Dave Chen (UH) and Kevin Kodama (NWS) are continuing the RSM agenda. Dave has a separate Cooperative Project and Dr. Chen will provide additional information regarding ongoing research and progress with the RSM in his annual report.
Implementation of NCAR/Penn State MM5
During the last half of this cooperative project, we have commenced a parallel mesoscale modeling effort based on the NCAR/Penn State MM5. In 1999 a new project to provide custom forecast support to astronomical observatories in Hawaii was undertaken (Businger et al. 2000). The telescope infrastructure that resides on Mauna Kea, Hawaii represents an investment >$500 million. The astronomical community that oversees the use of this infrastructure has collectively committed to ongoing support for a custom forecasting program and modeling project to optimize the return from their considerable investment. The NCAR/Penn State MM5 was adopted as the high-resolution model to run operationally over the central Pacific. MM5 version 3 is Y2K compliant, has been ported to run on multiprocessor supercomputers, has excellent I/O data management characteristics, and has broad support from the scientific community.
Rick Knabb has implemented MM5 to run on a 24-node Fujitsu Supercomputer located at the Subaru Observatory in Hilo, Hawaii. Since 3 July 1999, MM5 simulations have been run operationally once daily. The model is initialized at 00 UTC and completes a 48-hour simulation overnight in ~ six hours, with graphical output available by 18 UTC, in sufficient time for operational use (Fig. 12). The simulations are non-hydrostatic on four two-way nested domains with horizontal resolutions of 27, 9, 3, and 1 km (Fig. 13). The model utilizes a terrain-following sigma coordinate in the vertical and has 26 vertical levels, with a top level of 50 mb. Thirty-second USGS terrain, land use, and land-water boundaries are used. Initial and outer domain boundary conditions at 6-hour intervals are from the 00 UTC AVN forecast through 48 hours. The model includes mixed phase resolved-scale moisture physics (water and ice can exist simultaneously) and a Grell cumulus parameterization in domain 1 (27 km) and domain 2 (9 km) (Fig. 13). The model includes a high resolution MRF boundary layer and a radiation scheme allowing for longwave and shortwave interaction with clouds and water vapor. It is anticipated that additional computer resources will become available at Subaru, in which case the configuration of the nested domains will be optimized, extending the higher resolution (3 km) nest across the major islands in the Hawaiian chain.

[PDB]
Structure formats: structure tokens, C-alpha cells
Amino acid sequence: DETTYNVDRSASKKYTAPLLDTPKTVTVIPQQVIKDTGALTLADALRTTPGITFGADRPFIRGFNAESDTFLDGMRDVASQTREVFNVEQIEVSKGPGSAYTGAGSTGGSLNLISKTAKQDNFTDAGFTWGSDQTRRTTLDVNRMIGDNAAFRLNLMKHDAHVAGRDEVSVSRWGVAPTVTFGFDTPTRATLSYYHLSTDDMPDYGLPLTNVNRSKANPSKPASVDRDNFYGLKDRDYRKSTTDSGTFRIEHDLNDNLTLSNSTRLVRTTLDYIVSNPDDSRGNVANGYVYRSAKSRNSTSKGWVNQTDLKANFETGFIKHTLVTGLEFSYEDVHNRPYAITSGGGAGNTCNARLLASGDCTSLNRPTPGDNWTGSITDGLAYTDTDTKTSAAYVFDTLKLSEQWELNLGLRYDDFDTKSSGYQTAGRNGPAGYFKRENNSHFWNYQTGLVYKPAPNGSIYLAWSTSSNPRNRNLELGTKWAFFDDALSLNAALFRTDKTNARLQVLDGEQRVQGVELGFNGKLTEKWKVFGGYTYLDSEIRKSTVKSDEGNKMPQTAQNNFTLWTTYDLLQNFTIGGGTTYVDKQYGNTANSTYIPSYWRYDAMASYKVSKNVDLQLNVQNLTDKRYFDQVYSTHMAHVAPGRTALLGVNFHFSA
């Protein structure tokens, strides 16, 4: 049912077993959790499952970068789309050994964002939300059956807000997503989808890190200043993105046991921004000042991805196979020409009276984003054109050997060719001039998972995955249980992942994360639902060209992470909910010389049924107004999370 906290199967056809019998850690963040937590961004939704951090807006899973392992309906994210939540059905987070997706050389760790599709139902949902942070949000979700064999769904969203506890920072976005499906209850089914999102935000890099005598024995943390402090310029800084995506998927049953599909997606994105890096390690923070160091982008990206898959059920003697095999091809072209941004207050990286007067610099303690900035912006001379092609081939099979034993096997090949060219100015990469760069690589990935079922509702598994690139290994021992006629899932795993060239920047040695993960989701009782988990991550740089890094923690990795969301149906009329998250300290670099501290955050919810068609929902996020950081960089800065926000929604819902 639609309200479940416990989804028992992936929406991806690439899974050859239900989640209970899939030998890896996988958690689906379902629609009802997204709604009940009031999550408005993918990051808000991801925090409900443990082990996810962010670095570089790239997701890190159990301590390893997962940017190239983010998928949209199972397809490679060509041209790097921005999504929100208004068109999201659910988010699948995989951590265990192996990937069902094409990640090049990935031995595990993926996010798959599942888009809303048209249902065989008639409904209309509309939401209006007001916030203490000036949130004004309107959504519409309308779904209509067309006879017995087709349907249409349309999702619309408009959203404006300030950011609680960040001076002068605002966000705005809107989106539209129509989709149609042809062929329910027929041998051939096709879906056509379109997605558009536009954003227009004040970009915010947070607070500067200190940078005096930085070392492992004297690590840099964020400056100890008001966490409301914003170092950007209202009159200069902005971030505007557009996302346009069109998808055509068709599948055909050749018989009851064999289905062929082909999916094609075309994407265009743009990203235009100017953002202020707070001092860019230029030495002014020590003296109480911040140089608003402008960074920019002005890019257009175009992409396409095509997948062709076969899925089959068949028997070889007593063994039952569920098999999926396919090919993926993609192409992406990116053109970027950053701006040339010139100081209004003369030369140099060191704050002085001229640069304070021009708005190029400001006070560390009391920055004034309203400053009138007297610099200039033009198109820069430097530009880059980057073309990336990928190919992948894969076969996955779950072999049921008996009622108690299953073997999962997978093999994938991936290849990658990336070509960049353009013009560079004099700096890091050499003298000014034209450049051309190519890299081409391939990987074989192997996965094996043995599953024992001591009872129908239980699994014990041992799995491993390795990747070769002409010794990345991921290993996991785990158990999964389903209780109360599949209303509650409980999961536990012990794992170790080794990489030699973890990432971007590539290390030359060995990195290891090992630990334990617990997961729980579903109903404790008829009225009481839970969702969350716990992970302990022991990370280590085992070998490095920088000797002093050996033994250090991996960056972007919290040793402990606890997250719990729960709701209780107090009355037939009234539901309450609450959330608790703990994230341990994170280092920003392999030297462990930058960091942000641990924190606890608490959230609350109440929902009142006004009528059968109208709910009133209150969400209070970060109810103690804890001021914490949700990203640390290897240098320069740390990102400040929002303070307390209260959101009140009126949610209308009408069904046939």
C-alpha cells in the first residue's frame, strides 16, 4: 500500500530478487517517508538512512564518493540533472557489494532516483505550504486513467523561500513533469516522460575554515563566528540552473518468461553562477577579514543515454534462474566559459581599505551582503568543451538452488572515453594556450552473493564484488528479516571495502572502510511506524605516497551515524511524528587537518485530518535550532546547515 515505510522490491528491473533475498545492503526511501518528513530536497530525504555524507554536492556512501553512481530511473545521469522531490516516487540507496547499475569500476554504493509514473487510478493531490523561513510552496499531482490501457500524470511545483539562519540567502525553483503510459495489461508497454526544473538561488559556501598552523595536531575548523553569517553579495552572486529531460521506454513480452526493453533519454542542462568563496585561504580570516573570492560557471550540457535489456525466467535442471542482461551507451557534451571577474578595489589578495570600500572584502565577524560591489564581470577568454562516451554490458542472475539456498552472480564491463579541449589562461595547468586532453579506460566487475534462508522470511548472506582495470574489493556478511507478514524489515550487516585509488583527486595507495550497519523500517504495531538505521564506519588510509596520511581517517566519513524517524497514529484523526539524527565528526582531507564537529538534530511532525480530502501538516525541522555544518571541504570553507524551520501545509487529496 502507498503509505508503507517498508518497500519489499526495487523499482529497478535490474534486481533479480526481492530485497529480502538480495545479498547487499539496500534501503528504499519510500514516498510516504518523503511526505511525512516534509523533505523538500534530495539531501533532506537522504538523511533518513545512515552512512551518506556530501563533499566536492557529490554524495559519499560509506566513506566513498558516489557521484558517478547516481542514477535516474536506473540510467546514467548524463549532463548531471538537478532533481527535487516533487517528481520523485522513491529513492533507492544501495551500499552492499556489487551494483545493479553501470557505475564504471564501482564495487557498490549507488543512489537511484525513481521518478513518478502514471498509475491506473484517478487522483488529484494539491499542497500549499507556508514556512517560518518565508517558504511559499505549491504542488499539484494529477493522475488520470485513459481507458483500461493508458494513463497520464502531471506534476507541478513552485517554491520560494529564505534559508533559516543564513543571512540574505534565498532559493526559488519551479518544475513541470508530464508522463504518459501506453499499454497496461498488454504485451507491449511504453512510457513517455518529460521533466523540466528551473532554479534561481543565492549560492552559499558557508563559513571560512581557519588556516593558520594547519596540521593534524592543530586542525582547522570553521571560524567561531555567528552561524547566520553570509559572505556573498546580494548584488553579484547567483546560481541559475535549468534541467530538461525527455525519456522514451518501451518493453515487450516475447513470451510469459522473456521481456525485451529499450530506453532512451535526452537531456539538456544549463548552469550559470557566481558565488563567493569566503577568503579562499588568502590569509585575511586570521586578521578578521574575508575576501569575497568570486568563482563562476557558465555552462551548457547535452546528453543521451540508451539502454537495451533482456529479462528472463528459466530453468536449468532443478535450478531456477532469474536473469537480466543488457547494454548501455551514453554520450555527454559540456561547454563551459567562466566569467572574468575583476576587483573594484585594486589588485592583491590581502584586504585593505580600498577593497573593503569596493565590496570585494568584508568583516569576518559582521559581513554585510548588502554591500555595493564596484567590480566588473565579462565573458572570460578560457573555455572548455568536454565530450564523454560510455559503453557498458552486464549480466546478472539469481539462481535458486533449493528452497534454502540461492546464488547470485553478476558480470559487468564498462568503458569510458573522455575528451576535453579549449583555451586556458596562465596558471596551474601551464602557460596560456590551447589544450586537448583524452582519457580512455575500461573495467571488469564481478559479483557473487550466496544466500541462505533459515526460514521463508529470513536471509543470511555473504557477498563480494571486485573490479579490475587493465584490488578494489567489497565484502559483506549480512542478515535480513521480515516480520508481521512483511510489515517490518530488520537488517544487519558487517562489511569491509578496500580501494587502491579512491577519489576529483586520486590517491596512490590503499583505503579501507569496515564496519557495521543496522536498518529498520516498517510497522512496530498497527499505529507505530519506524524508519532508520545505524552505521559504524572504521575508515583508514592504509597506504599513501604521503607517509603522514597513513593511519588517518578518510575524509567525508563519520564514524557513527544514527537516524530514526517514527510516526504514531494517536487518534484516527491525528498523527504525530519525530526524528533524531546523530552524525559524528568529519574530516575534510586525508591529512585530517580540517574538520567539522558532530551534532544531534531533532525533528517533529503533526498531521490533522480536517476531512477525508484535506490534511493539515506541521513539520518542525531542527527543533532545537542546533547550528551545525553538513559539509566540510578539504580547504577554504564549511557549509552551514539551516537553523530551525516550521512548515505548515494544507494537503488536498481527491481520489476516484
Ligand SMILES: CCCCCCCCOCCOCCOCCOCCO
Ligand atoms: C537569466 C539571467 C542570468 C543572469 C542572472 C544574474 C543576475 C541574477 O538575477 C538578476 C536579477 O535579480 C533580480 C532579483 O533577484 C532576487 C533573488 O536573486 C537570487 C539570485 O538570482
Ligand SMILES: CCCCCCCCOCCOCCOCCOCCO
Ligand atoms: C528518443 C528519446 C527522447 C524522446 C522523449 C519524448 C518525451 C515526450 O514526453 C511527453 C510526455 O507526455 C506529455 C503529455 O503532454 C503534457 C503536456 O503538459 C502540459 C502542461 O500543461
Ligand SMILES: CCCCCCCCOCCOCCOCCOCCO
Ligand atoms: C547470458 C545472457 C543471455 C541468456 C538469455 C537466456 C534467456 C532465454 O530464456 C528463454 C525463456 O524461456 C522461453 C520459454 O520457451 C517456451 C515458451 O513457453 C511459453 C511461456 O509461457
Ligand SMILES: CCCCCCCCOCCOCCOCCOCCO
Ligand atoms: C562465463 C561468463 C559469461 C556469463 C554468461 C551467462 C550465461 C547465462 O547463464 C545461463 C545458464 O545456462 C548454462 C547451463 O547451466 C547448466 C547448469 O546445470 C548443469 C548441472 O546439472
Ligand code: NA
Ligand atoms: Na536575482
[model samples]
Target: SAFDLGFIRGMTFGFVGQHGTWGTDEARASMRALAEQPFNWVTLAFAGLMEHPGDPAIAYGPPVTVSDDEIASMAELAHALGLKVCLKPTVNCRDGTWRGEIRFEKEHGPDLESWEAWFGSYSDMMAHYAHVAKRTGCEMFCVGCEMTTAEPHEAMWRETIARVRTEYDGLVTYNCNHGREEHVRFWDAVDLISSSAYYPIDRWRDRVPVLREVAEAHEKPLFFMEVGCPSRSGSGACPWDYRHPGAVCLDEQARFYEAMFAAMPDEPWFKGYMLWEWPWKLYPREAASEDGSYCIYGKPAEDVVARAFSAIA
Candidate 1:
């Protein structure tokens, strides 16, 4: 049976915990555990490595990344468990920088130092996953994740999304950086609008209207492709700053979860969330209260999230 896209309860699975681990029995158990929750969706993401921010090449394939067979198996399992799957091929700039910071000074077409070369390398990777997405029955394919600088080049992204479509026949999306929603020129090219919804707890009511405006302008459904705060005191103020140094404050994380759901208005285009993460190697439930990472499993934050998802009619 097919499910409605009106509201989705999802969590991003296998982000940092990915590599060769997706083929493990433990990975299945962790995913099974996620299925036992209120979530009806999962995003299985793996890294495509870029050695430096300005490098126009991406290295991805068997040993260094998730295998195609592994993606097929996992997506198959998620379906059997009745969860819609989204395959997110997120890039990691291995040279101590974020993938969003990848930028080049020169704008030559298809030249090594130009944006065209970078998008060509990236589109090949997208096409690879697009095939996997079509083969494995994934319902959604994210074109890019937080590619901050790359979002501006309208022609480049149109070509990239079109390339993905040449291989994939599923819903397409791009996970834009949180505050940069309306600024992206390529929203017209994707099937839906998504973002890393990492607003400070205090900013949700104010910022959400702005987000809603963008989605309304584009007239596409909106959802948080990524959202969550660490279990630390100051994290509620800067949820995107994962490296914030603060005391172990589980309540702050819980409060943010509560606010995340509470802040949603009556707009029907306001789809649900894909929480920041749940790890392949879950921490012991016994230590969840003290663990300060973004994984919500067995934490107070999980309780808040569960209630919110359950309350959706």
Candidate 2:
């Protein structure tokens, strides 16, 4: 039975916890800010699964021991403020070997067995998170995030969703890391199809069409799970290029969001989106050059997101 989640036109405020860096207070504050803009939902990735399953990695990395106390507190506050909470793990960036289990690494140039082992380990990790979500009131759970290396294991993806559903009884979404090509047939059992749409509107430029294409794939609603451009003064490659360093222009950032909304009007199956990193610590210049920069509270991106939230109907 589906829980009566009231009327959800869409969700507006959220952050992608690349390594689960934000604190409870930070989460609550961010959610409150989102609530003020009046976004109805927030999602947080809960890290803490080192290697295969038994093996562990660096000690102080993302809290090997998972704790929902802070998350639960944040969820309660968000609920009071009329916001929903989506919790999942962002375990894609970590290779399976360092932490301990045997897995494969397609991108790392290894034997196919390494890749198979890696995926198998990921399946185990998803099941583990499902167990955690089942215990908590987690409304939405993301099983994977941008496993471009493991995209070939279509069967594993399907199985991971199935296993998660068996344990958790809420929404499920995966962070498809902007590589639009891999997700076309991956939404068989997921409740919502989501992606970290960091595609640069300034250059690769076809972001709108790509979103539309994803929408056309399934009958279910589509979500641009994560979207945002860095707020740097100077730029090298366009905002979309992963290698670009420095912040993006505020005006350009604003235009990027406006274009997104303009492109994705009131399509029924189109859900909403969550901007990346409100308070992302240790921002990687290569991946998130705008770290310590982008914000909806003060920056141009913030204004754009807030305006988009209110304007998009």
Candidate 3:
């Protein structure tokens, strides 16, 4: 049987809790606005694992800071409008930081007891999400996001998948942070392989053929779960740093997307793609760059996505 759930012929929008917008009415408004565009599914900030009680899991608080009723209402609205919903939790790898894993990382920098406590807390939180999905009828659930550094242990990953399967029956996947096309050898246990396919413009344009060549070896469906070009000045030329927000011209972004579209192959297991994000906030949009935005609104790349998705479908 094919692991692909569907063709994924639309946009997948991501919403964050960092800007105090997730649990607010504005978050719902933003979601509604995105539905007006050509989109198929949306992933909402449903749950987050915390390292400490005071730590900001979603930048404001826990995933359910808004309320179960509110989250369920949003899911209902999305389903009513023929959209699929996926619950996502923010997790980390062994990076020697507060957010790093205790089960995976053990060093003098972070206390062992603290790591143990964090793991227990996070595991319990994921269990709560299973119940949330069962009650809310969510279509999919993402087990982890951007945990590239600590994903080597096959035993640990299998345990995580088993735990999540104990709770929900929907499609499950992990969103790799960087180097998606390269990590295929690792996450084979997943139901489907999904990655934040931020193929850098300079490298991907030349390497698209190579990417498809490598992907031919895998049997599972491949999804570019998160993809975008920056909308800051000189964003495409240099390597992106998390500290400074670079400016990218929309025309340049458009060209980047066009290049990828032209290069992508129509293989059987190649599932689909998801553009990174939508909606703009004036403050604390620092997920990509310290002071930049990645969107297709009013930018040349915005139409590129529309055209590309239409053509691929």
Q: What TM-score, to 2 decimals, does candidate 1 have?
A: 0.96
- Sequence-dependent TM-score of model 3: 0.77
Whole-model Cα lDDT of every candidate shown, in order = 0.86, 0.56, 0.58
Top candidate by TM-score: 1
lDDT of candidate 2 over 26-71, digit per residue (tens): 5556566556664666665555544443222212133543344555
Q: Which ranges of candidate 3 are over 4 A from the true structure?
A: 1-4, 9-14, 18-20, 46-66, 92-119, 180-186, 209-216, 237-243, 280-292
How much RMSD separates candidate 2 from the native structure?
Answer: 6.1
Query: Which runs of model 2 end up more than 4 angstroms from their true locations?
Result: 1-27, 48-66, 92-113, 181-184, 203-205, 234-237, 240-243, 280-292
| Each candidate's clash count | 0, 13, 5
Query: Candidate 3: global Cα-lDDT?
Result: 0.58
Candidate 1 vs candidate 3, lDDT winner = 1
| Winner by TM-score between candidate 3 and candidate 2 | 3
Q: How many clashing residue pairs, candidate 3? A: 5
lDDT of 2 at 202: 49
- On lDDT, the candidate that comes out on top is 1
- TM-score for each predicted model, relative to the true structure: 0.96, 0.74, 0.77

4. Development of Diagnostic Forecasting Tools and Algorithms.
Preliminary progress has been made in the development of a diagnostic tool based on buoy pressure data to help predict the onset of high trade-wind events. Additional work with a larger sample of cases and use of MM5 model output is planned.
A tool has been developed to predict the zonal motion of Kona lows, based on Rossby wave theory. This tool will be tested during the coming winter season.
Fig. 12 Left panel shows MM5 12-hour simulation of a high wind event on 24 August 1999, showing wind speeds (color bar in kt) and streamlines at 1-km elevation above mean sea level on the Island of Hawaii. The right panel shows the configuration of four MM5 nested grids.
Efforts at developing forecast tools from case-study results and using GPS time series data are ongoing. Rather dry conditions since the availability of the GPS PW data have slowed efforts in this area. A la Niña winter in Hawaii is resulting in a wetter winter and a more robust rainfall data set is expected by spring 2000.
COMET collaboration aims to compare LARC rain gage data with high-resolution radar data for application to the Areal Mean Basin Estimated Rainfall (AMBER) algorithm (Davis and Jendrowski 1996; Jendrowski and Davis 1998). Relationships between areal mean basin estimated rainfall and streamflow response are targeted for future development. At this time no specific student has been assigned to these high-priority efforts.
Fig. 13 Comparison of MM5 24-hour precipitation forecast and 1 km visible satellite imagery for 3 April 2000.
5. Information Exchange and Dissemination
Given the ideal co-location of the WFO HFO on UH campus (within the same building), attendance of the Meteorology Department Seminar series by the NWS staff has been very good. In addition numerous informal presentations have been given by UH faculty and students at the NWSFO. Activation of a National Chapter of the AMS has led to additional opportunities for presentations and exchange. These meetings take place at the WFO HFO and John Porter has presented some of his satellite PW results and I have given a presentation on windstorms associated with the Hawaiian high and one on kona lows to forecasters. A list of seminar presentations and informal talks is available upon request.
Dr. Businger's VISIONLAB currently includes the following computing resources available to the collaboration.
Additional computing resources are available to support the project in the UH Meteorology Department and at Subaru in Hilo.
Publications Associated with Previous COMET Funding
Businger, S., T. Birchard, Jr., K.R. Kodama, P.A. Jendrowski, and J-J Wang, 1998: A bow echo and severe weather associated with a Kona Low in Hawaii. Wea. and Forecasting, 13, 576-591.
Kodama, K.R. and S. Businger, 1998: A Brief Overview of Weather and Forecasting in the Pacific Region of the National Weather Service. Wea. and Forecasting, 13, 523-546.